This Is BlakRoc
Photo by John Peets
The brainchild of The Black Keys, former Roc-A-Fella records partner Damon Dash and John Peets of Q Prime South, BlakRoc started as a studio experiment. The blues-influenced, garage-rock duo entered the studio, jammed and then brought in some of the biggest names in modern hip hop to rap over live instrumentation (no samples were used on the record). The results feature a number of today’s biggest MCs, including Mos Def, Q-Tip, RZA, Ol’ Dirty Bastard, Raekwon, Ludacris, Pharoahe Monch, Jim Jones, NOE, Nicole Wray and Billy Danze. Acclaimed music journalist Alan Light sits down with The Black Keys to talk about the project’s origins and recording, what other musical adventures the duo have planned and how two white rockers from Ohio came up with one of the year’s best rap records. Below is an excerpt from the article.
Now, I know what you’re going to say. “A rap-rock album? Are you kidding?” And it is undoubtedly true that in the vast spectrum of popular music, there may be no subgenre that has committed more vile atrocities on human ears. Oh, the early fusions attempted by Run-D.M.C. or The Clash were novel enough, but by the time the merger of hard rock and hip-hop had solidified into its own category around the turn of the century, the results were simply horrifying. Limp Bizkit? Korn? Linkin Park? The Kottonmouth Kings? Talk about the worst of both worlds.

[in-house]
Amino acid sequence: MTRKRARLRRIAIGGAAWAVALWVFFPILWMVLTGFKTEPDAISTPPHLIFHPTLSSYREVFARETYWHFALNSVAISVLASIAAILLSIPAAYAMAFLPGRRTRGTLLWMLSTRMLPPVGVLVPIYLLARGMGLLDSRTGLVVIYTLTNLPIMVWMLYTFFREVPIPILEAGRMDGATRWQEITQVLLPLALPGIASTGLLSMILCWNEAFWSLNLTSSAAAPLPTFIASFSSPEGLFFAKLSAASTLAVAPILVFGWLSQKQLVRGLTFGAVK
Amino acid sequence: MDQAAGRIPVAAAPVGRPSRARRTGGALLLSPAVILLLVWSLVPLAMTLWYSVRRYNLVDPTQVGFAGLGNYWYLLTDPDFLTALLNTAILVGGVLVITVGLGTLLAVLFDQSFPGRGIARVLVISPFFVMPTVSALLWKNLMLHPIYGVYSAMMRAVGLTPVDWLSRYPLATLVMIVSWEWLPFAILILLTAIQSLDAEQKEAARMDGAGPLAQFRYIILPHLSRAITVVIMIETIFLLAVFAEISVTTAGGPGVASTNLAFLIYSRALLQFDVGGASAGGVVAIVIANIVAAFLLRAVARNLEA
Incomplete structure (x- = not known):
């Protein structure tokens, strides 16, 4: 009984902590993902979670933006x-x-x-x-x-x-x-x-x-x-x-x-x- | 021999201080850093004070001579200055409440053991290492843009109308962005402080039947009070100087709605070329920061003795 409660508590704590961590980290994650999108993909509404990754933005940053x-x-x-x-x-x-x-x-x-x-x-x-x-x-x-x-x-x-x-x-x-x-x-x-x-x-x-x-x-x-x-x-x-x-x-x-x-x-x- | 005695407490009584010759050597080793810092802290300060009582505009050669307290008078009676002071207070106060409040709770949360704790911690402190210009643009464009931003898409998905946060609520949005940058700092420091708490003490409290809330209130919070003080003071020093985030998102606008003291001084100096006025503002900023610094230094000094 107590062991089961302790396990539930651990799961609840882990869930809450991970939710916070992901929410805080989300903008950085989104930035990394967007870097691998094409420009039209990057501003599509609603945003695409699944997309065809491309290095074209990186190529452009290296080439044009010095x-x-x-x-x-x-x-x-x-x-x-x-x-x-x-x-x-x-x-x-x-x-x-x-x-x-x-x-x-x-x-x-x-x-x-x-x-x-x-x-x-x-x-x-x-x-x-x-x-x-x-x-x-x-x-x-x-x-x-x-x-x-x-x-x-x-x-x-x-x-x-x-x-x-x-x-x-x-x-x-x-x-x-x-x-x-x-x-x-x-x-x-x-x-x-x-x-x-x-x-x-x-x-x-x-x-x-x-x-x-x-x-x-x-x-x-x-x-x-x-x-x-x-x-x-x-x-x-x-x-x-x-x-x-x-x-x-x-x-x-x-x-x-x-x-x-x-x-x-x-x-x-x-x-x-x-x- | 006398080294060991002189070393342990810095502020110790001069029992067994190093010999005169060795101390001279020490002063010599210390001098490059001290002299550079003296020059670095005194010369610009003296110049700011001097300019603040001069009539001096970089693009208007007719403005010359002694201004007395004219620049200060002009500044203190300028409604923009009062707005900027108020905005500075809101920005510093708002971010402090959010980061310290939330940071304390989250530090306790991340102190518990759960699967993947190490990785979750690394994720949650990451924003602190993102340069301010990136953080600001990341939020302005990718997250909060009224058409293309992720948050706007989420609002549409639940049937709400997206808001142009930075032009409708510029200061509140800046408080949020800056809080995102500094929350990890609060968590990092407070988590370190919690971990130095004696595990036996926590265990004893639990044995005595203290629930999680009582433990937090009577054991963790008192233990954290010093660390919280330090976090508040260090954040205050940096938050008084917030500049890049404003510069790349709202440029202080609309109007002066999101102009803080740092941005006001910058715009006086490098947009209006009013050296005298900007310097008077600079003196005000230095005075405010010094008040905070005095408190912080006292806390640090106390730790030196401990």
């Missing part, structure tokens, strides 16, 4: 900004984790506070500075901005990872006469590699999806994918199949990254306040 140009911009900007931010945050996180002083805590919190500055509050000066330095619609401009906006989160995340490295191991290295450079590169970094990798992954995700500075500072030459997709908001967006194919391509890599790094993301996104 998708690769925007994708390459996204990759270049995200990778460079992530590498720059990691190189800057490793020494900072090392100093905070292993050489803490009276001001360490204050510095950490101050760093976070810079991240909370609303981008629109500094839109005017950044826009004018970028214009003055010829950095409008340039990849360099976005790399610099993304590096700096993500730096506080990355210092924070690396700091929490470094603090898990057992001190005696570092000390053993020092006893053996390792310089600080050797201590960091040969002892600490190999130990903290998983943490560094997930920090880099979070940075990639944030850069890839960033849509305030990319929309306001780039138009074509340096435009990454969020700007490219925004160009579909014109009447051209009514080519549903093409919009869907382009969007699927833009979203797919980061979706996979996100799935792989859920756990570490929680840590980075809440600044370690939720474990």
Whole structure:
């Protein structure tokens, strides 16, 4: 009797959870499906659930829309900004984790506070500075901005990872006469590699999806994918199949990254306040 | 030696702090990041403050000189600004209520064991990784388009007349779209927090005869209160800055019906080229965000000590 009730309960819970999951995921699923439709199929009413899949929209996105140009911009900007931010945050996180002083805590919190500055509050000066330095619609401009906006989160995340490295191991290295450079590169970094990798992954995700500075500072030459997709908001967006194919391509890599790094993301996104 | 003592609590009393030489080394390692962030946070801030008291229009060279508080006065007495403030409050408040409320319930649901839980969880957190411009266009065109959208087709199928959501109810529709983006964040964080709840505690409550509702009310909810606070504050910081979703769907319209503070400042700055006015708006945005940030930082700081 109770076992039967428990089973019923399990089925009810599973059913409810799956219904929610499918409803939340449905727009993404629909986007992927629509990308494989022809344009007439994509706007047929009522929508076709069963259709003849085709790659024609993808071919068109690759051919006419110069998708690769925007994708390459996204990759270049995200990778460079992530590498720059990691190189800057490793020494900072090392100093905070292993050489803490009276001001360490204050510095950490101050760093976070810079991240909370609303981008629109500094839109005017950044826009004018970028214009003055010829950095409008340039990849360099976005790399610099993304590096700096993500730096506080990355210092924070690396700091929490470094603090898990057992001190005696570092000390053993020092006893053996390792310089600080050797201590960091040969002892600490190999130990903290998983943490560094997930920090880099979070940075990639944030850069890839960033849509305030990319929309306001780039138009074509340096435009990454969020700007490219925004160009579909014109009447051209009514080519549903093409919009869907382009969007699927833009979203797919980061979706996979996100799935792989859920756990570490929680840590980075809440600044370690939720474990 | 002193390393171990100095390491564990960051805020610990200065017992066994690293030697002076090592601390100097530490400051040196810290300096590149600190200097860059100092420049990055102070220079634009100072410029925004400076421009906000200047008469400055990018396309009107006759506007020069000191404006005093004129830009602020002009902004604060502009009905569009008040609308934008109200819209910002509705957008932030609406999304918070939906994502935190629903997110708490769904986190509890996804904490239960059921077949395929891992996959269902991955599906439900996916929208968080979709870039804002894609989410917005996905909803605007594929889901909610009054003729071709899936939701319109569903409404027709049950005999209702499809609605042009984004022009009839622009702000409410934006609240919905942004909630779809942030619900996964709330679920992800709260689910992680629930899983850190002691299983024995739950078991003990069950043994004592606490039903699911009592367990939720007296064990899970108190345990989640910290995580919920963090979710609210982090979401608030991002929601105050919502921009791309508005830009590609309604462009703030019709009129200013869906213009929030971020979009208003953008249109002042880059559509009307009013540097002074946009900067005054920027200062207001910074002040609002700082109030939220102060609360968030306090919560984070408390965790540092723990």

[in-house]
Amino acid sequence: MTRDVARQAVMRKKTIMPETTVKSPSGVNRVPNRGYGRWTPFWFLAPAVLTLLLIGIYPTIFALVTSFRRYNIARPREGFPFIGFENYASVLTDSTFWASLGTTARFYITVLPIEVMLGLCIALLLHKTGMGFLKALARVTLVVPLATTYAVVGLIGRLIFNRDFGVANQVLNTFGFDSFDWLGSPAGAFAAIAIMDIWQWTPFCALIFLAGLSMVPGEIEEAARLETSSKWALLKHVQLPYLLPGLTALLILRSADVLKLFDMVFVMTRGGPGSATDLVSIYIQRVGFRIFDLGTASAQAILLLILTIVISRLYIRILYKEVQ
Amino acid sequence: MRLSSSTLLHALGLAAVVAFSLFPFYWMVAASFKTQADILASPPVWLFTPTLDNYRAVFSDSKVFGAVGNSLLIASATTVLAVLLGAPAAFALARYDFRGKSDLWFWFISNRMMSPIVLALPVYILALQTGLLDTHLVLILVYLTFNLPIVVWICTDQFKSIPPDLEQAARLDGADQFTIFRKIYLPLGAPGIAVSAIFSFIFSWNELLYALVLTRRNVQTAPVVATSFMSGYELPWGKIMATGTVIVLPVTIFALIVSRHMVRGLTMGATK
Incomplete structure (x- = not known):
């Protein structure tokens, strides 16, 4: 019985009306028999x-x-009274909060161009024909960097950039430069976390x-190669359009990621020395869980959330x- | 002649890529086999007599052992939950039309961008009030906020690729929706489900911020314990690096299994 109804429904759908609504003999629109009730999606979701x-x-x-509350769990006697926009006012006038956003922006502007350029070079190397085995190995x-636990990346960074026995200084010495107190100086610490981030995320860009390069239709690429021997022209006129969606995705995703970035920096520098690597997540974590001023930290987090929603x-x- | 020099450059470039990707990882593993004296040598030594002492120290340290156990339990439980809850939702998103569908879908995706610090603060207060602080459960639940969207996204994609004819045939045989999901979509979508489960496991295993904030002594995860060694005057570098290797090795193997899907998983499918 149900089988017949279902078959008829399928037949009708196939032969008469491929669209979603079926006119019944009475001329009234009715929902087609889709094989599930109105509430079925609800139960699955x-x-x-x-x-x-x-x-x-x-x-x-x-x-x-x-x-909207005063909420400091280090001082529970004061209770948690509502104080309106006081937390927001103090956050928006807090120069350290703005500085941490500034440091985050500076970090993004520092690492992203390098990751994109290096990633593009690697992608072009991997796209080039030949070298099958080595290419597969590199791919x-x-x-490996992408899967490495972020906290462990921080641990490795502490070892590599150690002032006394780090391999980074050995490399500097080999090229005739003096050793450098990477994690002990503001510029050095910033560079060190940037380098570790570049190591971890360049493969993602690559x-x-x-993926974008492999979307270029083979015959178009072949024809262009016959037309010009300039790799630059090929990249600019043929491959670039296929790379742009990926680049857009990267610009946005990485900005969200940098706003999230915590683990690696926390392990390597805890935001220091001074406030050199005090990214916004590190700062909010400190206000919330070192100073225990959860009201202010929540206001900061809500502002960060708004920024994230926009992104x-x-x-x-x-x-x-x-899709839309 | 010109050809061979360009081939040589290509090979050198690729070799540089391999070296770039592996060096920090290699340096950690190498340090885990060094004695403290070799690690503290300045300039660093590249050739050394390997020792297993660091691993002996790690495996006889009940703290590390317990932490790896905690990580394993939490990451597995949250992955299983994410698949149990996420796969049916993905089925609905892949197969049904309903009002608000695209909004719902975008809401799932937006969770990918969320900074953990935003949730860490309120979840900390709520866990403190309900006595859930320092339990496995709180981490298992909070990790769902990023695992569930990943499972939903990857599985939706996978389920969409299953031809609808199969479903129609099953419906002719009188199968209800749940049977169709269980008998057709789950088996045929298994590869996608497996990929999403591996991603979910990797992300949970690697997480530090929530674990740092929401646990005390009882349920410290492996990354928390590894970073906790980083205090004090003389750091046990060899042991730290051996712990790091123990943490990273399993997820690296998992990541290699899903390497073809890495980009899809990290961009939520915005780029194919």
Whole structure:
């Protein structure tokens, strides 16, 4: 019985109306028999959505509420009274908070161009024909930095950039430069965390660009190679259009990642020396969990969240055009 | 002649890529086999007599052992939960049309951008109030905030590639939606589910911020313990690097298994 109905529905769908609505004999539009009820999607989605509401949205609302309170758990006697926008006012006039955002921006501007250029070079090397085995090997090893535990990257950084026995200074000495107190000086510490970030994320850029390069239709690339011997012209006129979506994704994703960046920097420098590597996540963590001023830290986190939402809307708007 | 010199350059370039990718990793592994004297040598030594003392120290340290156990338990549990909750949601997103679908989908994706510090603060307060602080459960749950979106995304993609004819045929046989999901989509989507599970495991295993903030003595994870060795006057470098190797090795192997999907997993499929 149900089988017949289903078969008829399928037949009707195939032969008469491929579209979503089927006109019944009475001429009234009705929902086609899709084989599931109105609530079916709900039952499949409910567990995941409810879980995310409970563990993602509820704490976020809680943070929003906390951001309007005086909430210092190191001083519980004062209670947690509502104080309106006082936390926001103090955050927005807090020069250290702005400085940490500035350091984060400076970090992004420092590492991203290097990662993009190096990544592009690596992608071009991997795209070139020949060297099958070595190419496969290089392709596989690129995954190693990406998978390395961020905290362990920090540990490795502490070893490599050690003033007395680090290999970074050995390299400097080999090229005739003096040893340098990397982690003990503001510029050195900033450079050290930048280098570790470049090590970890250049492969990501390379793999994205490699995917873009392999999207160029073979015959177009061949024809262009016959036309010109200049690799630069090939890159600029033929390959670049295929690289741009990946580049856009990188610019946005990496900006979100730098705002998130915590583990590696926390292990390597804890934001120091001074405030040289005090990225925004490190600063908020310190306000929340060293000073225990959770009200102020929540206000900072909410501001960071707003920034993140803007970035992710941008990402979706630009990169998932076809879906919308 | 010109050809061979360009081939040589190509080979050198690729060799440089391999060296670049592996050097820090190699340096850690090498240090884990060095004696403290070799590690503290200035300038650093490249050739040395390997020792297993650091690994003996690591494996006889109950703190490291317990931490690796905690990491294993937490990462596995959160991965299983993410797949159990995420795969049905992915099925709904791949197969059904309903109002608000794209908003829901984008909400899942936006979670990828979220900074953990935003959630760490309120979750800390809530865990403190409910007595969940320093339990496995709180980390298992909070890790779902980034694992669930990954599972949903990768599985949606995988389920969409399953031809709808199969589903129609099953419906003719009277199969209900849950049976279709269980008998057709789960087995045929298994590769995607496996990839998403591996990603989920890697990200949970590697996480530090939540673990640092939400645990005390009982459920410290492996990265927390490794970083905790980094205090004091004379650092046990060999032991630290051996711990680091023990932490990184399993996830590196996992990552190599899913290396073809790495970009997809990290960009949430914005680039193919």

Coming at it from the other direction, The Roots as the exception that proves the rule—when actual MCs experimented with live accompaniment. Despite the best of intentions, the results have generally turned out to be less offensive, but forgettably flaccid.
Fortunately, the BlakRoc principals are the first to agree with this assessment. “On the surface, it sounds horrendous, because it rarely is done right,” says Carney of the marriage of live instrumentation and rap. “Other than some stuff by Jay-Z, there haven’t been any live bands with hip-hop that really interested me. But I think Dan and I respect the art form enough to try not to put our fingerprints all over it. This wasn’t like Fall Out Boy hanging with Akon.”
Auerbach adds, “It’s always sort of a gimmick and not really organic. Or it’s just instruments trying to copy hip-hop music. This was just raw instrumentation, from the get-go, and then lyrics on top—it started from the ground up.”
And according to Dash, the difference ultimately comes down to the motivation for this project. “It was never about, ‘Let’s make a rap-rock album,’” he says. “It was like art—let’s put this paint next to this paint and see what it looks like.” In some ways, the album (including its title) is reminiscent of work by the Black Rock Coalition, a movement which arose in the ‘80s as a way to reclaim rock and roll’s African-American heritage, and peaked with the breakthrough of Living Colour.
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